Avian Influenza A (H7N9)
On April 1, 2013, the World Health Organization (WHO) reported 3 human infections with a new avian influenza A (H7N9) virus in China. Since then, additional human cases in China have been reported. Although mild illness in human cases has been seen, most patients have had severe respiratory illness and some people have died. To date, the new H7N9 virus has not been detected in people or birds in the United States.
An investigation by Chinese authorities is ongoing. The H7N9 virus has been detected in poultry in China and in environmental samples. Many of the human cases of H7N9 are reported to have had contact with poultry; however, some cases had no reported contact with poultry. Ongoing investigations suggest that most people have been infected with H7N9 after having contact with infected poultry or contaminated environments. China also is following up on close contacts of people infected with H7N9 to try to assess whether human-to-human spread of this virus is occurring. At this time, no evidence of sustained person-to-person spread of the H7N9 virus has been found.
Clinicians advising patients who are traveling to China should be aware that CDC does not recommend against travel to China at this time. CDC also does not recommend prescribing antiviral drugs for prophylaxis or self-treatment of H7N9 influenza. Travelers should follow standard precautions to avoid touching birds, pigs, or other animals; eat only food that is fully cooked, including poultry; and practice good hand hygiene. For more information, see Avian Flu (H7N9).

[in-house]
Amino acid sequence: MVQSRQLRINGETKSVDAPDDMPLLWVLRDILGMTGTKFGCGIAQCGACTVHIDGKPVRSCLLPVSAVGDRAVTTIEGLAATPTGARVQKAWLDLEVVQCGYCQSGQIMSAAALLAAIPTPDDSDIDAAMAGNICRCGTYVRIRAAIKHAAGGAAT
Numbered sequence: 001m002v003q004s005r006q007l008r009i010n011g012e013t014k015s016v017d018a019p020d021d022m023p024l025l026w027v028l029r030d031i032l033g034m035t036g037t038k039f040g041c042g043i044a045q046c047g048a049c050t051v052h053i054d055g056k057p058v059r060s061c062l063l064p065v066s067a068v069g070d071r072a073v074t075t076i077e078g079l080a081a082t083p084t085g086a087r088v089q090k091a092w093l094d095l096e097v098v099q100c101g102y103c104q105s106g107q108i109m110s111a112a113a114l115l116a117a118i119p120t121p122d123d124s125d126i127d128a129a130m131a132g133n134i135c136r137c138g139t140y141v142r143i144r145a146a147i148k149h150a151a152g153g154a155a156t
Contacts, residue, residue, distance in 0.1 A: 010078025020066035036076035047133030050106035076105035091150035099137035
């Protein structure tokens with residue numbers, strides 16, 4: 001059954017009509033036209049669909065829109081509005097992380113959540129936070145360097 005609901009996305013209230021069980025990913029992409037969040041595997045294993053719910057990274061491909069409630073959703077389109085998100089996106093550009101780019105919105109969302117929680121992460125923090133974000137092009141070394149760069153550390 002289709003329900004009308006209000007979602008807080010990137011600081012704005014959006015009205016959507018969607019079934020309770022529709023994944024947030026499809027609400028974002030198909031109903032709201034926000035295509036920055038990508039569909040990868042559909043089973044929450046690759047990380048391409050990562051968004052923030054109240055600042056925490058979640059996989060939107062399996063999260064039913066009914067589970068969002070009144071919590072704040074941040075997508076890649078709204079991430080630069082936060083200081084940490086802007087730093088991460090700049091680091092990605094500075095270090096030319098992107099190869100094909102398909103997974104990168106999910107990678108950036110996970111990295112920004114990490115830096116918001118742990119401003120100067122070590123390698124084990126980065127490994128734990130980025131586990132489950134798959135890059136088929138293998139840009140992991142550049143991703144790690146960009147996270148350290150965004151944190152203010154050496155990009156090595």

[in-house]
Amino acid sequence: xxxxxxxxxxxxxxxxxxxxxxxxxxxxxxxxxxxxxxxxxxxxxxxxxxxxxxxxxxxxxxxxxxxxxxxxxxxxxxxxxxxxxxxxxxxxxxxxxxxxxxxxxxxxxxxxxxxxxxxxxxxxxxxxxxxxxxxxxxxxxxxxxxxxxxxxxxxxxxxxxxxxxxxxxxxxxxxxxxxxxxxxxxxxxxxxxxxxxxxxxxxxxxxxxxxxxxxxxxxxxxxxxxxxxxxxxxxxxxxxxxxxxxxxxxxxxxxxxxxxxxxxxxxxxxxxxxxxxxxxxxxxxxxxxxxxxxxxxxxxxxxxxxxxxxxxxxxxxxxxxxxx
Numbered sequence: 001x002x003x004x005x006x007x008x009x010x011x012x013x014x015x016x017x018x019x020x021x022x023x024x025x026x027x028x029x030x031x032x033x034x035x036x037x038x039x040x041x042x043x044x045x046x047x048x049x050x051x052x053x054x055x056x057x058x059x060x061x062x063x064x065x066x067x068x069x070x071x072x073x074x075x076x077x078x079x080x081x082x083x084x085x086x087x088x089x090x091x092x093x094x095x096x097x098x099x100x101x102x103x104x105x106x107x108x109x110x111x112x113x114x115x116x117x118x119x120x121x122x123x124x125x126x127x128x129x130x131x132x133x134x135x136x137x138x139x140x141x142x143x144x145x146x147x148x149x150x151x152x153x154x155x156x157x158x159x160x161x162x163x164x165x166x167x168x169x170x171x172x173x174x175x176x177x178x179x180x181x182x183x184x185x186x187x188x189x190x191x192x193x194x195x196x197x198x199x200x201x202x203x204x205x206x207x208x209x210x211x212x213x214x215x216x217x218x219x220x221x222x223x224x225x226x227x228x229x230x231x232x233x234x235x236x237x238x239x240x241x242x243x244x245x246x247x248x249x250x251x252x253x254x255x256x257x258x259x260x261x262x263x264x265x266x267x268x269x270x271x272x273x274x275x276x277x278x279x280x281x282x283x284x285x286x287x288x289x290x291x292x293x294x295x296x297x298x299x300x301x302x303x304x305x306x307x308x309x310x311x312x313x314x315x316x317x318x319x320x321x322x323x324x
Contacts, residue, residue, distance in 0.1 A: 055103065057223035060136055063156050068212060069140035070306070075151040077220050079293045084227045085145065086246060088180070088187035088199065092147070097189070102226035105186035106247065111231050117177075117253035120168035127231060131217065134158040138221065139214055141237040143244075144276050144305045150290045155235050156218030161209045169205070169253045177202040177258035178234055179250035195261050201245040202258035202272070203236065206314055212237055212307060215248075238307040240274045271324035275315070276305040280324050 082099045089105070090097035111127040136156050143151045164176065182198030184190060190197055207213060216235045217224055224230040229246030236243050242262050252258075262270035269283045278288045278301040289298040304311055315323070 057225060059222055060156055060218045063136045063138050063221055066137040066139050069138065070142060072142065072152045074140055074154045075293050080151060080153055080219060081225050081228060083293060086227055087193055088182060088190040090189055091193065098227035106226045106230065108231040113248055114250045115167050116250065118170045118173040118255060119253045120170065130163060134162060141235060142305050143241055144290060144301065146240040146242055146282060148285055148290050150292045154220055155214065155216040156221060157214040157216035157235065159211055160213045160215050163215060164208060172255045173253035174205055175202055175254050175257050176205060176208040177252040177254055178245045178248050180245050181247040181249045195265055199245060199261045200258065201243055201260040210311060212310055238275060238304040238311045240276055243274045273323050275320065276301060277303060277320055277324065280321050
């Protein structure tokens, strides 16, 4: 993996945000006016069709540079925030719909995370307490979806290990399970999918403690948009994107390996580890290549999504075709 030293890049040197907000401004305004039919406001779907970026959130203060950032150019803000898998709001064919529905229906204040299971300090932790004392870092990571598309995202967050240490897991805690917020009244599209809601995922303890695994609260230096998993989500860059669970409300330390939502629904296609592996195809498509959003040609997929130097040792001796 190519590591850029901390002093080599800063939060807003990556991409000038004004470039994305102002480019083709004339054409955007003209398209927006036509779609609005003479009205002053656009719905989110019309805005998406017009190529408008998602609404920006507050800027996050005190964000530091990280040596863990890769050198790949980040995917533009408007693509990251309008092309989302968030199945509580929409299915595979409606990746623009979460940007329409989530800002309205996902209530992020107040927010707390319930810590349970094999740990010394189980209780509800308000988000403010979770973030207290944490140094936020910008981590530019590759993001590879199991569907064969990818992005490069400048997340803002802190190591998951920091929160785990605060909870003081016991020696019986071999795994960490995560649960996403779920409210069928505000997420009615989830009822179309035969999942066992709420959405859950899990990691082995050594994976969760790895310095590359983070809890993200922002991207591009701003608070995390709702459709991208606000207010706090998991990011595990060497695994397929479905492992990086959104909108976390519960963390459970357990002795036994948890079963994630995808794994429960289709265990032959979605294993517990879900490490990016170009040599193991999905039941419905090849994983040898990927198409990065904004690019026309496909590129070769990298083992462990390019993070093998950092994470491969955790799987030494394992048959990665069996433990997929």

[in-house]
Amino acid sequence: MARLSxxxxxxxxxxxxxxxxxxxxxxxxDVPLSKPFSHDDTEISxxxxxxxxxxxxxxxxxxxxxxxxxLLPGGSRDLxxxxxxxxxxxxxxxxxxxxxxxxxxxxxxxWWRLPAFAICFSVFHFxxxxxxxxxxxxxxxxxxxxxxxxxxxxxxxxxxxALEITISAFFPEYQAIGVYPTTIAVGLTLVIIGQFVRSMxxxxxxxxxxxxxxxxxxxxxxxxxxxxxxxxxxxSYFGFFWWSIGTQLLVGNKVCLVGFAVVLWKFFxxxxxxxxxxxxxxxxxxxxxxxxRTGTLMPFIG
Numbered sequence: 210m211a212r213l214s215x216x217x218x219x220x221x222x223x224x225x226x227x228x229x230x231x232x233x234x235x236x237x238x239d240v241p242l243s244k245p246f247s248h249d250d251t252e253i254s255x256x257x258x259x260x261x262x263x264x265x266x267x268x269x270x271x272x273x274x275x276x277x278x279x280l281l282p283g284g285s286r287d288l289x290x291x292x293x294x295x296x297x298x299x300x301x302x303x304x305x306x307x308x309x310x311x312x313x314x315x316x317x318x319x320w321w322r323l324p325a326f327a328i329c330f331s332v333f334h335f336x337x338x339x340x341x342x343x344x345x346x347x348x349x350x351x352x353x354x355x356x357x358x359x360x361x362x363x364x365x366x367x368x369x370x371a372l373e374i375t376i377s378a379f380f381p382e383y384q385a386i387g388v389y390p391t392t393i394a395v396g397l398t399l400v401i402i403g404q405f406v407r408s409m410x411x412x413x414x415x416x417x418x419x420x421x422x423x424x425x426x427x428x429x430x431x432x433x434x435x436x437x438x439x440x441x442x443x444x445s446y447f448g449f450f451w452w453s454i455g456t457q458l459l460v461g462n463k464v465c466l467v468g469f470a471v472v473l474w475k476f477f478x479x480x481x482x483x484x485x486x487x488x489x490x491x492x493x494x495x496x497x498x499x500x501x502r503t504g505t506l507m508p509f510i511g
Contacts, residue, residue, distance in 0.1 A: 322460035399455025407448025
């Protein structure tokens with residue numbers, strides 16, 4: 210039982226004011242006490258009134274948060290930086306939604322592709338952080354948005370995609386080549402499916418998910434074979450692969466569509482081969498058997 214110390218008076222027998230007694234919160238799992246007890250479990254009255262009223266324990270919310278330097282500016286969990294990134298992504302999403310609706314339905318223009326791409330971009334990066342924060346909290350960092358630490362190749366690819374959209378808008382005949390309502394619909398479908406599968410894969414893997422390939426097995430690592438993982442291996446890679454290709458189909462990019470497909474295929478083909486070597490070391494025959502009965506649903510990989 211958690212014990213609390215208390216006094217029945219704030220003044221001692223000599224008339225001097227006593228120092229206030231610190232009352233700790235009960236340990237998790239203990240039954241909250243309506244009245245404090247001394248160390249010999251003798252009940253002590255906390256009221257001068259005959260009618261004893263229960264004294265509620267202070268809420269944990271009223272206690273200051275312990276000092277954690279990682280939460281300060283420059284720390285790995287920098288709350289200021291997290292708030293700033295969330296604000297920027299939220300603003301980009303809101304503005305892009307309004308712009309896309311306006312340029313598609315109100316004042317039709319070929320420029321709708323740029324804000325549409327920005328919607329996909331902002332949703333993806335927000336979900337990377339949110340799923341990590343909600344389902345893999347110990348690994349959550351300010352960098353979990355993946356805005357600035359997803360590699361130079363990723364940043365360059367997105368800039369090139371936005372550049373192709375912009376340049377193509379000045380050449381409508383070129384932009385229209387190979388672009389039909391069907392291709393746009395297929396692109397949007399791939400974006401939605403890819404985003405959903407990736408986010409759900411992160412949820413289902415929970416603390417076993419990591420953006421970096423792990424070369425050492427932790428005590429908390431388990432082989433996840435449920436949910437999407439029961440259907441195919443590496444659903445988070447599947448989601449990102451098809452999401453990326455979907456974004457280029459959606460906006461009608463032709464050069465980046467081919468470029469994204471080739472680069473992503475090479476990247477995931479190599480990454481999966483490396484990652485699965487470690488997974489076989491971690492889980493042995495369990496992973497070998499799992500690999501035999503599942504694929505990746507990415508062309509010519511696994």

The CDC is following the situation closely and working with domestic and international partners to develop a vaccine candidate virus that could be used to make a vaccine if it is needed.
Although no data are available on early neuraminidase inhibitor treatment of persons infected with H7N9 virus, laboratory testing with functional assays indicates that H7N9 viruses are susceptible to neuraminidase inhibitors (oseltamivir and zanamivir), but resistant to adamantanes (amantadine and rimantadine).
Rapid detection and characterization of novel influenza A viruses remain critical components of national efforts to monitor for cases in the United States.
Clinicians are reminded to consider influenza as a possible diagnosis when evaluating patients with acute respiratory illnesses, including pneumonia, even outside of the typical influenza season.
This text summarizes CDC interim guidance for clinicians in the United States. Full CDC interim guidance for clinicians is available here (Information for Health Professionals).
Public Information from the CDC and Medscape
Cite this: The New Avian Influenza A (H7N9) Virus: What Clinicians Should Know - Medscape - May 09, 2013.